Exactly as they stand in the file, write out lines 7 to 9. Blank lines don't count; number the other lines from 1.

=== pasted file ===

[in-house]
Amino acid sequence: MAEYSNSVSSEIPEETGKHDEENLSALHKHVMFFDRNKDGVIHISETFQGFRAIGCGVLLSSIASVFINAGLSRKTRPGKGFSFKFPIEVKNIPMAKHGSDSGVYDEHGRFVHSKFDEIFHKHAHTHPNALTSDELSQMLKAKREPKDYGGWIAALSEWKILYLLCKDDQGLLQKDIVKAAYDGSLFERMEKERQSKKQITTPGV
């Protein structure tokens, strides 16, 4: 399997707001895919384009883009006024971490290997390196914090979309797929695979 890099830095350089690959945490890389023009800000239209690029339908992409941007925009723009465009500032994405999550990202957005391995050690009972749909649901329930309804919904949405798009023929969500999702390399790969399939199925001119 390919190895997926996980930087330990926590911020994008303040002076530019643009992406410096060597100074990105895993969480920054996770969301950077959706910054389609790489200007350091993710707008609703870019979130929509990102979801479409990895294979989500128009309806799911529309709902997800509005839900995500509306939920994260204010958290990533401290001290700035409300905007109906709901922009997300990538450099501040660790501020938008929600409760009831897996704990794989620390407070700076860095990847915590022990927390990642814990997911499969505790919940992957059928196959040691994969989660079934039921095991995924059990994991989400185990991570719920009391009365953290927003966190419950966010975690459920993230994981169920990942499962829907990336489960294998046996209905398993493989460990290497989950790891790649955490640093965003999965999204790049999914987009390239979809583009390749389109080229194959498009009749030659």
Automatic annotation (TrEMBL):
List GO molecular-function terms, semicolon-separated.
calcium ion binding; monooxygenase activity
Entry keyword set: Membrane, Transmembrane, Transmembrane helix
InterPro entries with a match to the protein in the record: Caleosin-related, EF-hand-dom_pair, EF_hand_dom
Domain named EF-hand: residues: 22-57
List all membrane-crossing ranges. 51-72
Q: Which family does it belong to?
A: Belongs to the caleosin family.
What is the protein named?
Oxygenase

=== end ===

Entry keyword set: Membrane, Transmembrane, Transmembrane helix
InterPro entries with a match to the protein in the record: Caleosin-related, EF-hand-dom_pair, EF_hand_dom
Domain named EF-hand: residues: 22-57